Perhaps there are some generic DLLs included with the program?  If it uses some standard library (especially if it has a version number of "1.2"), perhaps that will be a good indicator of where to look.

The alternative to mucking around in the dark would be to somehow debug the program (OllyDbg, maybe?) and see if you can isolate whatever checksum function it tries to run when loading the file.  It might even be possible to just disable that function entirely, so the program will load files even with bad checksums.

Or maybe someone helpful will just step in here and tell me I'm completely wrong and solve everything.  :crazy:

ETA: Wikipedia links to this program which is advertised as supporting a bunch of different CRC checks, except it requires MSVCR110D.DLL to run which is apparently a debug version of the standard redistributable library and I don't think I want to follow this rabbit hole any further.

ETA2: Hex Workshop can probably calculate CRCs on its own; check the menus.  Whoopsies.

Perhaps you should upload another MLT for comparison?
« Last Edit: November 10, 2015, 09:12:43 pm by Jorpho »
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The_Reaper_CooL

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Here are the first 5 levels in different folders (folder structure intact), and with all included files (not just MLT ones) -> https://drive.google.com/file/d/0B2kV4DFRb2cISG5sV2ZnS3NBa00/view?usp=sharing

Tried fiddling around with OllyDbg, but don't know where to start (not an assembly expert, either :D)

When I translated MediEvil 2 for PS1 it also had a Checksum, and a random guy helped me out on a different forum, but he wouldn't answer me, sadly :\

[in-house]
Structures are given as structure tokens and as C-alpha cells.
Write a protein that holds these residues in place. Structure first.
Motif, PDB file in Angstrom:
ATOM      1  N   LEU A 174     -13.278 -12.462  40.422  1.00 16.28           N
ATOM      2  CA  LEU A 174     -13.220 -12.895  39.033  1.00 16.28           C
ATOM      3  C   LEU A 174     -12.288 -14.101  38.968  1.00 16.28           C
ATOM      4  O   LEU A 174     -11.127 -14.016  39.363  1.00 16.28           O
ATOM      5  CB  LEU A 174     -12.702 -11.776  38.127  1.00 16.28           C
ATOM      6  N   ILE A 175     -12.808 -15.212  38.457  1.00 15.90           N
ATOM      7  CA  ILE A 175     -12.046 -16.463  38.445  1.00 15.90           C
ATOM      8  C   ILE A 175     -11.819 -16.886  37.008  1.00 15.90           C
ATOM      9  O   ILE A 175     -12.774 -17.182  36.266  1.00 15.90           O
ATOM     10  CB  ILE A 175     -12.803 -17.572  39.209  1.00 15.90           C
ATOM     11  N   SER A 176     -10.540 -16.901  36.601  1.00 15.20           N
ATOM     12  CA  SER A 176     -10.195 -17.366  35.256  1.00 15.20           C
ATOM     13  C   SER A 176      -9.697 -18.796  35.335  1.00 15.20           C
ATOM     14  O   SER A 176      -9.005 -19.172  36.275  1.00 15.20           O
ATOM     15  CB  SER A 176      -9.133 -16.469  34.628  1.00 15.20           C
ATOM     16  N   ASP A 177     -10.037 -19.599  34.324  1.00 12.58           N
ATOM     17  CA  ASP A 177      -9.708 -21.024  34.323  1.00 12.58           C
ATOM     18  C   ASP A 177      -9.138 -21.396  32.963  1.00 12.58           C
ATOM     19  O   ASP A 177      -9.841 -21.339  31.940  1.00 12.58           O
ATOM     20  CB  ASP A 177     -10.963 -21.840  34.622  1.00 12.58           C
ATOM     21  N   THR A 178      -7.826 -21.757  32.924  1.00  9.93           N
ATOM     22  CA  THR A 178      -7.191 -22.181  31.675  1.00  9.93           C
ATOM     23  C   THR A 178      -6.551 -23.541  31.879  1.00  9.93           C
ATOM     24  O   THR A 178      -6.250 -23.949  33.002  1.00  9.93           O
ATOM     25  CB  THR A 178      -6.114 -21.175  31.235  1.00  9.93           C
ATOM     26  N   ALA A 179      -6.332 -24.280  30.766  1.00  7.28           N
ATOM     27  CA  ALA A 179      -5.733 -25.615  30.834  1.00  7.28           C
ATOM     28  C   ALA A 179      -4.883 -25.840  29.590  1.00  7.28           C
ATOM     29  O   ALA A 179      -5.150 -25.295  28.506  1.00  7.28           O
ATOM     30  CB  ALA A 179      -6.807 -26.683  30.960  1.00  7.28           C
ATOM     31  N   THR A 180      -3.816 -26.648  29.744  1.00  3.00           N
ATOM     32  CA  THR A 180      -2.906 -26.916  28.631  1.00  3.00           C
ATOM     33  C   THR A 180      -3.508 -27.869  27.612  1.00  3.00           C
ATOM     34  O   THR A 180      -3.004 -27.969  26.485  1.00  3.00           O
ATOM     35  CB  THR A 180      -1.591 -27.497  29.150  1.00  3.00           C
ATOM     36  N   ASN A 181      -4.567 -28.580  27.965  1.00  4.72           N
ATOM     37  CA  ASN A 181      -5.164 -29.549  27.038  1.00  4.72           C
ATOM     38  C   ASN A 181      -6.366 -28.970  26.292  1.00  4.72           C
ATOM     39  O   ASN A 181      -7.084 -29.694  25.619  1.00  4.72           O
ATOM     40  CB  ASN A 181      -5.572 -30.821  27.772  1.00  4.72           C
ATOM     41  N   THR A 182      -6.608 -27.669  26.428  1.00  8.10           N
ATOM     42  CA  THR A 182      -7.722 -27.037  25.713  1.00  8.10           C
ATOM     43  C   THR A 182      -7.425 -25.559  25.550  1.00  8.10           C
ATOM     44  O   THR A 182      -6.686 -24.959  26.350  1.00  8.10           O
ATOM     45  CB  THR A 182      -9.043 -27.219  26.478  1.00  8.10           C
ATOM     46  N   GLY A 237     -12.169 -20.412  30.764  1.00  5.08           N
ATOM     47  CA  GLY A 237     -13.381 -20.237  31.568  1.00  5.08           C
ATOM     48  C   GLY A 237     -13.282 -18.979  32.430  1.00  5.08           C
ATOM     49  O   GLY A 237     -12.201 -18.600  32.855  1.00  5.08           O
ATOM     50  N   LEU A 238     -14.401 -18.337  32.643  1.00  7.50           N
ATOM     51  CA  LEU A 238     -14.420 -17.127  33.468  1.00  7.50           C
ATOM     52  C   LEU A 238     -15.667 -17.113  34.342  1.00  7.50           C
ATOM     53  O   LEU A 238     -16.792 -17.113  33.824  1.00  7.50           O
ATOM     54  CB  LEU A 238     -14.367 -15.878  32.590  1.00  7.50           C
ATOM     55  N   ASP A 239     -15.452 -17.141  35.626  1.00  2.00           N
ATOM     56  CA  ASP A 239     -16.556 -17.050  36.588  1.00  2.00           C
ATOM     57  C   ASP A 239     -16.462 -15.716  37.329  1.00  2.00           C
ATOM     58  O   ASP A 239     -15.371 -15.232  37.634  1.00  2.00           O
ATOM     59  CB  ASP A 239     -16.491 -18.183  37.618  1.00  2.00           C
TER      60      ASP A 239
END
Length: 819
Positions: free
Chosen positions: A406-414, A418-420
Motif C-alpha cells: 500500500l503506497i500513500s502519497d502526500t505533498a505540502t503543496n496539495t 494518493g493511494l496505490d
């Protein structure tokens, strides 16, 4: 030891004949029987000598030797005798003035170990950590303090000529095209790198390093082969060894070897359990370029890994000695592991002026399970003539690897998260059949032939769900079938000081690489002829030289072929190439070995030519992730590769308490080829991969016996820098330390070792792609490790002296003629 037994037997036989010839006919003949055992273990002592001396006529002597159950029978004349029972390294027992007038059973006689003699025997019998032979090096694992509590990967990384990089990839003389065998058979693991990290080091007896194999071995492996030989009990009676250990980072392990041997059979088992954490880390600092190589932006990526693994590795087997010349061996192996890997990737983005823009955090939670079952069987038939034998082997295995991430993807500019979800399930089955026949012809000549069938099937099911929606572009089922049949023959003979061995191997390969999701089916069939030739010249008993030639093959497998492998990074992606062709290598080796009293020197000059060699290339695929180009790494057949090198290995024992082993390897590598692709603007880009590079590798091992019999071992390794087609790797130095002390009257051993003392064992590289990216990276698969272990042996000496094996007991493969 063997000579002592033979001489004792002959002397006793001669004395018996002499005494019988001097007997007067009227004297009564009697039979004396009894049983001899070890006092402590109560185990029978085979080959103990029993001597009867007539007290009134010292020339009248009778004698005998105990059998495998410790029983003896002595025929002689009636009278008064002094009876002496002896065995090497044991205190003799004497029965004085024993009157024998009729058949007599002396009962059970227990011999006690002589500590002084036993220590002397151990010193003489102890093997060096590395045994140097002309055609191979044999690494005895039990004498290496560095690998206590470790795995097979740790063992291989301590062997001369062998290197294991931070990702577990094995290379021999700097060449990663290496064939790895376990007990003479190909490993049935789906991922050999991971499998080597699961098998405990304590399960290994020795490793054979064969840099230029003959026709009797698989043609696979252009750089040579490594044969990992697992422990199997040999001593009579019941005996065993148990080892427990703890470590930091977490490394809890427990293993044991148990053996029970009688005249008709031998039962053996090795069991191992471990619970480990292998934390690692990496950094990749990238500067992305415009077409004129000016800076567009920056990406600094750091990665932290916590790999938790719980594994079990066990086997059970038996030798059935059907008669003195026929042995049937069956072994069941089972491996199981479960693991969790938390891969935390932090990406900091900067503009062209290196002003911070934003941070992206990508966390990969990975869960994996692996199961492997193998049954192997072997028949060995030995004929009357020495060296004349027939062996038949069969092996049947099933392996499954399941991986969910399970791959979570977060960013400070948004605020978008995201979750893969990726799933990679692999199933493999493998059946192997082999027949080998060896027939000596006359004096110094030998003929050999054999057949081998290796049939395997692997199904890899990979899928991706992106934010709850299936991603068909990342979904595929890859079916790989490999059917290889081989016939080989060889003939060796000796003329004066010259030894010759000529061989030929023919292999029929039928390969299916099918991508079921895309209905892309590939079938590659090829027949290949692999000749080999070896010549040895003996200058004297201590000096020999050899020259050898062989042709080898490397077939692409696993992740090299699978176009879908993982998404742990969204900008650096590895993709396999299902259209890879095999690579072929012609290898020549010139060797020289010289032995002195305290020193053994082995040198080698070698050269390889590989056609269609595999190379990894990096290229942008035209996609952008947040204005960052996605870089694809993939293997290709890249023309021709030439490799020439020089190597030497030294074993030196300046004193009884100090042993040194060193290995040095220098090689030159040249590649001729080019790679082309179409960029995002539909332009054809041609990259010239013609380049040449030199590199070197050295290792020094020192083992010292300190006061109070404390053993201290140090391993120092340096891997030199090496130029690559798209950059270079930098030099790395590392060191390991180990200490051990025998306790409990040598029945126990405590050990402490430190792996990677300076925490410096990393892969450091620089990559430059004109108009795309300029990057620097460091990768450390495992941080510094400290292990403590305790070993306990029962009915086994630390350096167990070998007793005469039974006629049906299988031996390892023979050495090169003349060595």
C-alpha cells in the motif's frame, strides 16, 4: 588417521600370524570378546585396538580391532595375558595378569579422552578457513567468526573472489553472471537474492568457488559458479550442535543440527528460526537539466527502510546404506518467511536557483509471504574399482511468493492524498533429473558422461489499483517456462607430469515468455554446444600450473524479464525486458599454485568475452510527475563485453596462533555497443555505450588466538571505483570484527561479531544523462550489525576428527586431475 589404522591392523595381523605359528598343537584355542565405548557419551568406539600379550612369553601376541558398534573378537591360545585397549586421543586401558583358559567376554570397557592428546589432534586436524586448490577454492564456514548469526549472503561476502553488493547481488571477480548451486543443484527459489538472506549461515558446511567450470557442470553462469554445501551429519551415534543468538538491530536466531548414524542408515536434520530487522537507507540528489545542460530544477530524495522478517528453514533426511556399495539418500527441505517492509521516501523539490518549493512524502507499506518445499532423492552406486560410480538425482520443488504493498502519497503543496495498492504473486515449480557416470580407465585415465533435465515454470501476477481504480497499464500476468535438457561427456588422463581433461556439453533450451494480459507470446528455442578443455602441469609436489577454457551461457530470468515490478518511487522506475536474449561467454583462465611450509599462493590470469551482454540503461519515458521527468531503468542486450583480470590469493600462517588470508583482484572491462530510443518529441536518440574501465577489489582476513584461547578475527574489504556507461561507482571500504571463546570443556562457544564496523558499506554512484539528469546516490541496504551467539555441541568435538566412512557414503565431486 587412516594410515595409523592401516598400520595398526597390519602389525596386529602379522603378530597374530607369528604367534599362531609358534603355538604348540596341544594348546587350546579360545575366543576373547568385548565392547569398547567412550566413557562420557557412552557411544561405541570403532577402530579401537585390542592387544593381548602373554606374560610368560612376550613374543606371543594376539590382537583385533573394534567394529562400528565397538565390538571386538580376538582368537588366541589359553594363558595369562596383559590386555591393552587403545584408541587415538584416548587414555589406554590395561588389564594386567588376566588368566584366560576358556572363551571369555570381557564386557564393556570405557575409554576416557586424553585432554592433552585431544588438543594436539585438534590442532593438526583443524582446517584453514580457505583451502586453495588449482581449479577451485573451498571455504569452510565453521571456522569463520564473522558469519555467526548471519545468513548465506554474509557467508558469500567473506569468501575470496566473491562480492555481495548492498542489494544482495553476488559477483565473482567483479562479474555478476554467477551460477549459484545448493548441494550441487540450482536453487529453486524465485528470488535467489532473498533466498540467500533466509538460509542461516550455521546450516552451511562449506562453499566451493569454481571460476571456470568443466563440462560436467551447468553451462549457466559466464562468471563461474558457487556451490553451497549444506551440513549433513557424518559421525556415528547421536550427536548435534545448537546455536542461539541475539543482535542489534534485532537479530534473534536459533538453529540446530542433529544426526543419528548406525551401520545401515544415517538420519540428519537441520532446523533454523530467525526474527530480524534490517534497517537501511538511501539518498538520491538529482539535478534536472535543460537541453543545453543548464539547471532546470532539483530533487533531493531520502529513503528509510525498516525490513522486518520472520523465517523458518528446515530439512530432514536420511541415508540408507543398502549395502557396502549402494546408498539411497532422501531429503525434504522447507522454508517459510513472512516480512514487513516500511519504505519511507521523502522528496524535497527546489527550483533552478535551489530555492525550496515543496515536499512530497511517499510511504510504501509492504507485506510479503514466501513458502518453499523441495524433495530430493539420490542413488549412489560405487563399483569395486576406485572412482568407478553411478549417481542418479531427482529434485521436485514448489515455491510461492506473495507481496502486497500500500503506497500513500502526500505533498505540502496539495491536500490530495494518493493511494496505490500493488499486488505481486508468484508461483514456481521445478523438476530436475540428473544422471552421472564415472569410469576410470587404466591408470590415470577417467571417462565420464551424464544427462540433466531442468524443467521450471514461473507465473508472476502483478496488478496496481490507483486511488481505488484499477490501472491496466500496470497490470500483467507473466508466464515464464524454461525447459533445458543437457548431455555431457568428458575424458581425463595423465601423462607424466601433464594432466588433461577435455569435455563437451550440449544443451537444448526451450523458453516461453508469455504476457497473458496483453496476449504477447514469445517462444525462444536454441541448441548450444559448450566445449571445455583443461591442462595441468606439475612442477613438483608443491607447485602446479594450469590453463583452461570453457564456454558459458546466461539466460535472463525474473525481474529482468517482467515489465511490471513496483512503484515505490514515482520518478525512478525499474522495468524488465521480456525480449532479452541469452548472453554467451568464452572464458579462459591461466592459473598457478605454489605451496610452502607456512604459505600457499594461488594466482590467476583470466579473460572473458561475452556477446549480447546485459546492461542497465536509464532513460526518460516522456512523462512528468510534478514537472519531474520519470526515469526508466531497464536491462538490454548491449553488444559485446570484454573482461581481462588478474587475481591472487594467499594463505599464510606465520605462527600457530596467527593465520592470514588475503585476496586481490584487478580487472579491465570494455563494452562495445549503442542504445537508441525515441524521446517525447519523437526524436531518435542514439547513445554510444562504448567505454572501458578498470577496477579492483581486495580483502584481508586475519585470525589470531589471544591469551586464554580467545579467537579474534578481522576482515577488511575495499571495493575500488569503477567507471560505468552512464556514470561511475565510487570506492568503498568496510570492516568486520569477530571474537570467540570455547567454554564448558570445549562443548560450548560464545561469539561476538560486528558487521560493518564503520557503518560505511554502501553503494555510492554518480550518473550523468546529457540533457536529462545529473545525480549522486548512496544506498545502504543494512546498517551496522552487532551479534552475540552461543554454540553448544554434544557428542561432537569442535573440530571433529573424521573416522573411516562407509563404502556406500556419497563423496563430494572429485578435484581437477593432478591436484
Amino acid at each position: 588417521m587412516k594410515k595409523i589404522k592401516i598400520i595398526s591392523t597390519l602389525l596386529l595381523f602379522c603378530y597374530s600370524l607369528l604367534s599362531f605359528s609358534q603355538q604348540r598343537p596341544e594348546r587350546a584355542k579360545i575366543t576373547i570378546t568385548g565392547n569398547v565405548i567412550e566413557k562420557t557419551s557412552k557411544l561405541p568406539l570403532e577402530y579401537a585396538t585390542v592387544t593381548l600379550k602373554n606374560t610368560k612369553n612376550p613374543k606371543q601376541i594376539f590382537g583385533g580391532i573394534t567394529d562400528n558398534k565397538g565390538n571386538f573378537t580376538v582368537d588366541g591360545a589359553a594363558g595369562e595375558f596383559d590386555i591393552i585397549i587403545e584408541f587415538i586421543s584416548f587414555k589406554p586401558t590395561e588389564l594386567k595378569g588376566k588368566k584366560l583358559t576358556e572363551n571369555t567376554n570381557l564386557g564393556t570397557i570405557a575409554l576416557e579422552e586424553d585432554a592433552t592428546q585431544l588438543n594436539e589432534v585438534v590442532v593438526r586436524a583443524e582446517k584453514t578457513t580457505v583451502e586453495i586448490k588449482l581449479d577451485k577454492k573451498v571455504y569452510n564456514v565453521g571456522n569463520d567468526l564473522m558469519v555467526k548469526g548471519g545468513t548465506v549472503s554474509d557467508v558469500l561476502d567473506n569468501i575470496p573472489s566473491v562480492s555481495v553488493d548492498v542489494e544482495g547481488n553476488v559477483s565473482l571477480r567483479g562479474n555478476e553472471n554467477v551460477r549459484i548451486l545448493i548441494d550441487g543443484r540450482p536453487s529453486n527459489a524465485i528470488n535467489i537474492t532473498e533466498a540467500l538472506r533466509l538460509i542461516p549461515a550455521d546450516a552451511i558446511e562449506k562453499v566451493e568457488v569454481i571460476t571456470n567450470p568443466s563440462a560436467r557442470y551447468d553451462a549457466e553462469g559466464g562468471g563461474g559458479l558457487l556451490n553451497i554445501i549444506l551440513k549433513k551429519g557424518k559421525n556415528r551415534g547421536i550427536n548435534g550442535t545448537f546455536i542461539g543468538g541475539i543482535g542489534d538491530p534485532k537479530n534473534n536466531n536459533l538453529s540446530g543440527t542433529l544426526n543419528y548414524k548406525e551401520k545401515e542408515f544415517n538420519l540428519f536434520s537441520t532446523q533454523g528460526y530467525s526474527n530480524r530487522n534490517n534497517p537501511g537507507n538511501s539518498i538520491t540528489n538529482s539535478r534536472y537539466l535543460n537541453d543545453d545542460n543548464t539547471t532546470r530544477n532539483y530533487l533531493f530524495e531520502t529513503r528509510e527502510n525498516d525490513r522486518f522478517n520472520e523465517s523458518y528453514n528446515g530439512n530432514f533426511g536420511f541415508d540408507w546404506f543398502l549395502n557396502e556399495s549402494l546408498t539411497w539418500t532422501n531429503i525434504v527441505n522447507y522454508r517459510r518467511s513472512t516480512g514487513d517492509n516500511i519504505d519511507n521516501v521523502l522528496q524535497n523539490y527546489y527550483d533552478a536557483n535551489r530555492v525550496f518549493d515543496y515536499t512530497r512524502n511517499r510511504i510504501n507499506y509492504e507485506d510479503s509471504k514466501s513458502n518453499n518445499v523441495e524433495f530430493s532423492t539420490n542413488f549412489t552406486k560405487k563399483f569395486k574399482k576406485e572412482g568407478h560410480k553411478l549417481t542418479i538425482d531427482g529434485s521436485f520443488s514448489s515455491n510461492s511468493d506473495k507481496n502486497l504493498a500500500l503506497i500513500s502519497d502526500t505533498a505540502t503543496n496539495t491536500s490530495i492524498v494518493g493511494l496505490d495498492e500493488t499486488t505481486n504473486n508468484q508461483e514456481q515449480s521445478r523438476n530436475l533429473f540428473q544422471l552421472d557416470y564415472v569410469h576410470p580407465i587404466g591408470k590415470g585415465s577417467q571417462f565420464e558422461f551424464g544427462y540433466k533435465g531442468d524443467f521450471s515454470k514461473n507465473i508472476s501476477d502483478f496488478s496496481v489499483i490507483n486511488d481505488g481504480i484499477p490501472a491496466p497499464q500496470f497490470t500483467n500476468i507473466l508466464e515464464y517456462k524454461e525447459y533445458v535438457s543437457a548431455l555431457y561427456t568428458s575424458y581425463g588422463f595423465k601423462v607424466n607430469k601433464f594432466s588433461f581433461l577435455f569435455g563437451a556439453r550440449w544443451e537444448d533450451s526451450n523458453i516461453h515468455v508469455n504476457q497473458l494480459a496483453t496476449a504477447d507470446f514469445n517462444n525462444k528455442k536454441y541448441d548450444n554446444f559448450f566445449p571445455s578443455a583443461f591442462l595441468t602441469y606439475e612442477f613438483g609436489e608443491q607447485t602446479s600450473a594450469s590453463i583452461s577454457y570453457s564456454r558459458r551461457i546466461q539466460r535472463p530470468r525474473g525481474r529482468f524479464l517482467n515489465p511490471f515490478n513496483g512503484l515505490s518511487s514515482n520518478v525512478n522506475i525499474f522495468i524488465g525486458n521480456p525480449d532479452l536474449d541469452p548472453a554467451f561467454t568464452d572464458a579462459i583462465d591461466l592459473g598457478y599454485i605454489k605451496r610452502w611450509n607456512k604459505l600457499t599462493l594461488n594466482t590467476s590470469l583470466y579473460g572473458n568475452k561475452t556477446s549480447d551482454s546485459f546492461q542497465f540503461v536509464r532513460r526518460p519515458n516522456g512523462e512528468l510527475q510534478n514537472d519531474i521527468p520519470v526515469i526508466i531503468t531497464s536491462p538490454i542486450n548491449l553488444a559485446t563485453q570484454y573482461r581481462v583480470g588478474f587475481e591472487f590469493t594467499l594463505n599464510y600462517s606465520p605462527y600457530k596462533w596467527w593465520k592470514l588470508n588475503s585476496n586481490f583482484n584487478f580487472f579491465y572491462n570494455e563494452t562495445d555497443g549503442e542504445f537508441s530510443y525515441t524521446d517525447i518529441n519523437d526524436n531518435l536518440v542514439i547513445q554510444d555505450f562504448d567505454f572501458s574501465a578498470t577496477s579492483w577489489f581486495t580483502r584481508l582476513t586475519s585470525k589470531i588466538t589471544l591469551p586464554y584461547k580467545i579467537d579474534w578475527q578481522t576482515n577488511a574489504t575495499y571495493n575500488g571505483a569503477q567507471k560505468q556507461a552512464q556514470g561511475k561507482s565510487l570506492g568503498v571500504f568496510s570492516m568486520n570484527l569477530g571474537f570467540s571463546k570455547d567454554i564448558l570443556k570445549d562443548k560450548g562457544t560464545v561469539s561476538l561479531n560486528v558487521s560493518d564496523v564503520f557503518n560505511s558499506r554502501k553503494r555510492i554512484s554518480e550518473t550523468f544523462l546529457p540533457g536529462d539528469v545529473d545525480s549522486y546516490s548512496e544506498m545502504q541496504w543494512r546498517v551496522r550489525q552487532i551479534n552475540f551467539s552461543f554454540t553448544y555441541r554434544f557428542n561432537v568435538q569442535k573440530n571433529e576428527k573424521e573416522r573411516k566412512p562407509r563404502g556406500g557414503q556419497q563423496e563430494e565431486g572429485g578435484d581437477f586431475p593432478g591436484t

If needed I could also upload the exe file

EDIT:
Just tried out something: If I replace MLT files with each other, the game still runs and loads up the strings, although different ones (because for example I'm using level 01's MLT file in level 00). This means that the protection really can be (or really is) in the MLT files themselves.
« Last Edit: November 11, 2015, 04:37:52 pm by The_Reaper_CooL »

Jorpho

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I was really just hoping there might be some bytes at the end of the file common to each .mlt, because it would make sense if those also had to be removed before calculating the checksum.  No such luck.

I've never used OllyDbg either, but I'm sure there are tutorials online.

No particular DLLs in the game folder, then?
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The_Reaper_CooL

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Well there's only an exe file and two dll's, but those are for the setup file I guess. You can take a look at them here -> https://drive.google.com/file/d/0B2kV4DFRb2cIWTlWWm5aeW5Qb0U/view?usp=sharing

I still think that somewhere in the mlt files there's the CRC check (or maybe it's stored in the exe?)

Jorpho

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Perhaps I was unclear: the first four characters (or rather, the first four bytes) in each .mlt file is almost certainly a checksum.  But knowing this is not helpful unless one can ascertain how the checksum is calculated.
« Last Edit: November 12, 2015, 08:41:45 am by Jorpho »
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Rancher

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I found the Russian version of the game. I compared it to the English version and I noticed that .dav files are modified as well as .mlt files. DAV files contain graphics of the game (including the font), judging by this link: http://warsztat.gd/projects/sth_w_sdnw/info. All the files in the Russian version are of the same size as in the original. Also, the Russian translation inside .mlt files isn't in Cyrillic. It uses the combination of Latin characters and numbers, but it is rendered perfectly fine in game. I would recommend you to somehow get in touch with the Polish guy from the link above since he is working on dissembling the game. I already left him a comment hoping he would see it.

Jorpho

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I was reading this article just now, which points out that there is now a utility called delsum for the specific purpose of reverse-engineering checksums. So I thought of this seven year old thread and thought I should add a modicum of closure.

https://github.com/8051Enthusiast/delsum